An evocation of Venice by travel writer Jan Morris. It is divided into three sections exploring the Venetian people, the city itself and the lagoon on which it stands.
Often hailed as one of the best travel books ever written, Venice is neither a guide nor a history book, but a beautifully written immersion in Venetian life and character, set against the background of the city’s past. Analysing the particular temperament of Venetians, as well as its waterways, its architecture, its bridges, its tourists, its curiosities, its smells, sounds, lights and colours, there is scarcely a corner of Venice that Jan Morris has not investigated and brought vividly to life.
Jan Morris first visited the city of Venice as young James Morris, during World War II. As she writes in the introduction, ‘it is Venice seen through a particular pair of eyes at a particular moment – young eyes at that, responsive above all to the stimuli of youth.’ Venice is an impassioned work on this magnificent but often maddening city.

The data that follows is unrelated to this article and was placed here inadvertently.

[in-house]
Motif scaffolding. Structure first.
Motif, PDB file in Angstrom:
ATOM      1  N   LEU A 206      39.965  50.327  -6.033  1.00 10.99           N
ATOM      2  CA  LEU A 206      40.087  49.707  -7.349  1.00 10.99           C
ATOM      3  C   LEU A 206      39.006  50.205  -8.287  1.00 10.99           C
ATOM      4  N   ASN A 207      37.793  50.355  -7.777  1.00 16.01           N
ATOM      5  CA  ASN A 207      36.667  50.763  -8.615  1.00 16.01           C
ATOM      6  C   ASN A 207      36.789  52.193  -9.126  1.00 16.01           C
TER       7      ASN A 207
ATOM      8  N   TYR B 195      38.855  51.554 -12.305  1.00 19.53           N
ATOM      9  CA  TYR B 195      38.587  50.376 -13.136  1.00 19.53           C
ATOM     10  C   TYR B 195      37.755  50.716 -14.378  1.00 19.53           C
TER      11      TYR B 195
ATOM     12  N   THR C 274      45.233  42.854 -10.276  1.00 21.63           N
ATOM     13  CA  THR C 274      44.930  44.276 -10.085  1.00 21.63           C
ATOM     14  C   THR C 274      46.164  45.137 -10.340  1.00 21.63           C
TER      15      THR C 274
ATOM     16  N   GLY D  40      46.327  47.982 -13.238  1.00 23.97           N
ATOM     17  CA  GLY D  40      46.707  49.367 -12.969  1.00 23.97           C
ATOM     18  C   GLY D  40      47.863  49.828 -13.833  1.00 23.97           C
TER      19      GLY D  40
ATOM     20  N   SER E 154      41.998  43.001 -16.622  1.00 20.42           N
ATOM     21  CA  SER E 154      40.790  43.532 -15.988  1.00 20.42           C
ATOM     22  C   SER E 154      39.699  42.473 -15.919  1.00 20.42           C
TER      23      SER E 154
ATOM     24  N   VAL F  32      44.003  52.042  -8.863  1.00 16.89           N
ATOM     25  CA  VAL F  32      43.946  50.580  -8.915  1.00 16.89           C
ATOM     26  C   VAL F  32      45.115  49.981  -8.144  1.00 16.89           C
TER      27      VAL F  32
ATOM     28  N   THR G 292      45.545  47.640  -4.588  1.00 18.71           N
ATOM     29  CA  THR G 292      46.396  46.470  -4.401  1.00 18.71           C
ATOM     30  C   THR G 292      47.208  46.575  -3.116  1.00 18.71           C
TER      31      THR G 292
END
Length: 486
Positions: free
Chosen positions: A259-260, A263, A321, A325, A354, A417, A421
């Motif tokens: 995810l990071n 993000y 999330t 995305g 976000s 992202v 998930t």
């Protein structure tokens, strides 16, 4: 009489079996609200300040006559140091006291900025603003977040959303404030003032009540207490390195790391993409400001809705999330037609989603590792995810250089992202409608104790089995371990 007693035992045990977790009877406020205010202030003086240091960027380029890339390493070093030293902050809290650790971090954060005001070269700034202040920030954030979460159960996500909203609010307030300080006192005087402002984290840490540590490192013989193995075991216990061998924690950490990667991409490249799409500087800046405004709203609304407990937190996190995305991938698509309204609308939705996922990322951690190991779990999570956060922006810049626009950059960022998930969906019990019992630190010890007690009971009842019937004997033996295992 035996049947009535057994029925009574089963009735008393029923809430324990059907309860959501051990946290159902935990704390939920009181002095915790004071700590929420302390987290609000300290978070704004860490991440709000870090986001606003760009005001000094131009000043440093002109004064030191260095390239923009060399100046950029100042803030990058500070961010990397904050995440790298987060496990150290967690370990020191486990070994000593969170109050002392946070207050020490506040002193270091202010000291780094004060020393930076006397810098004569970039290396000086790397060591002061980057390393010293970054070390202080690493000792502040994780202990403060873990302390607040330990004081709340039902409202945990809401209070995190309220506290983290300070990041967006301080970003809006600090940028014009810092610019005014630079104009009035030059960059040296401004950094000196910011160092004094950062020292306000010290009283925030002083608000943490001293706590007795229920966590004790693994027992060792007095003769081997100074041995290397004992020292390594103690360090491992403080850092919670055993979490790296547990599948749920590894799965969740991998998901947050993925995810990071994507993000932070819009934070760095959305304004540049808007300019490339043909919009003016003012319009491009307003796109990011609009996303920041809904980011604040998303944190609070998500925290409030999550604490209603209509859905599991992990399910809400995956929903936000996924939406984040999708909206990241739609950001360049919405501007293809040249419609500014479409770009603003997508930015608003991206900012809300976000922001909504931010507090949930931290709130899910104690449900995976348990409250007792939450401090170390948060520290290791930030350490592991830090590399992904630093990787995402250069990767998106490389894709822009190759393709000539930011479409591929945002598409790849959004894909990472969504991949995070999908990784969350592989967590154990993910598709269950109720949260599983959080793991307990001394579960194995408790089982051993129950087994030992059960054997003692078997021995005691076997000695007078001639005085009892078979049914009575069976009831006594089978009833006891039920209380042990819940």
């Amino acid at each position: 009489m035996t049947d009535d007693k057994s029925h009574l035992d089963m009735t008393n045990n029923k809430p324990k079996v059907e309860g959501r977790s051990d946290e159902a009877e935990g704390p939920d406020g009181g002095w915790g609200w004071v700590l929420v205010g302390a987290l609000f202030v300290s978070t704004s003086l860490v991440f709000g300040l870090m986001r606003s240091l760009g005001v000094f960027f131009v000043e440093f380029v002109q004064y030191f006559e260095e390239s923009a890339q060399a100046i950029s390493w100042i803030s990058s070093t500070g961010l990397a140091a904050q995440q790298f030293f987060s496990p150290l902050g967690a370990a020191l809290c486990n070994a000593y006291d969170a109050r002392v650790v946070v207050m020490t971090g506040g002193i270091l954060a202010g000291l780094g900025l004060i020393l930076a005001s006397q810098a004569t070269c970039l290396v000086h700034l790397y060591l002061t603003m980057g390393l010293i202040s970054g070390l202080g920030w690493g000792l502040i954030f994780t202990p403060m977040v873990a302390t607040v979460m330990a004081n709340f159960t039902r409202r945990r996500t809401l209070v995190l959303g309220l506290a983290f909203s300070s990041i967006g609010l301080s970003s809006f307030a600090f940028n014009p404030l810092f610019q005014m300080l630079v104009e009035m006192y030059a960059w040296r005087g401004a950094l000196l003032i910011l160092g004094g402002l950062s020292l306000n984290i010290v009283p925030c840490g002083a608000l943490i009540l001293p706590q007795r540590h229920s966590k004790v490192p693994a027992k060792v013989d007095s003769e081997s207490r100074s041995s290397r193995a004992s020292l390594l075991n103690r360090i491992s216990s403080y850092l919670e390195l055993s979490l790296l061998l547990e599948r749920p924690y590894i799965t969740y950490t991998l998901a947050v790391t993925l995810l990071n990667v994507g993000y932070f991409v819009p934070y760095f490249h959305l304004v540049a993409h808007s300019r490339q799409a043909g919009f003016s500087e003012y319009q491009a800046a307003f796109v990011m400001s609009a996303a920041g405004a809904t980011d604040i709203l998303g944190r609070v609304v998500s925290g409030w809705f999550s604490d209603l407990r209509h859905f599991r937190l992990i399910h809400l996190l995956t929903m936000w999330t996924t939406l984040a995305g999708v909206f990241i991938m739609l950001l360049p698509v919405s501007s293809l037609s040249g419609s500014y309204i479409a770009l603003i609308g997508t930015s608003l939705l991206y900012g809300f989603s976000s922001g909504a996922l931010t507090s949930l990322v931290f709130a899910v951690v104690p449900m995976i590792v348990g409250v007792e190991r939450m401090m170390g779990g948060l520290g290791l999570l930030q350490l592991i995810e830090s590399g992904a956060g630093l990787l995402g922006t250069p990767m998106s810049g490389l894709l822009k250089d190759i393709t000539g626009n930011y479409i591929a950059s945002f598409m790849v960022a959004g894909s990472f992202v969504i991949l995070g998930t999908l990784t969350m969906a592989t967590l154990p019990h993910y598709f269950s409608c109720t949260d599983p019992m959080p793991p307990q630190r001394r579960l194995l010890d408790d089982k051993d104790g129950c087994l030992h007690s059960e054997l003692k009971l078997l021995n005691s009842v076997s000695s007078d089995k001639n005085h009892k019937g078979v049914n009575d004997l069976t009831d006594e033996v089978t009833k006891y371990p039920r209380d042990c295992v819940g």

Jan Morris’s collection of travel writing and reportage spans over five decades and includes such titles as Sydney, Coronation Everest, Hong Kong, Spain and Manhattan ’45. Since its first publication, Venice has appeared in many editions, won the W.H. Heinemann award and become an international bestseller.
‘The best book about Venice ever written’ Sunday Times
‘No sensible visitor should visit the place without it . . . Venice stands alone as the essential introduction, and as a work of literature in its own right.’ Observer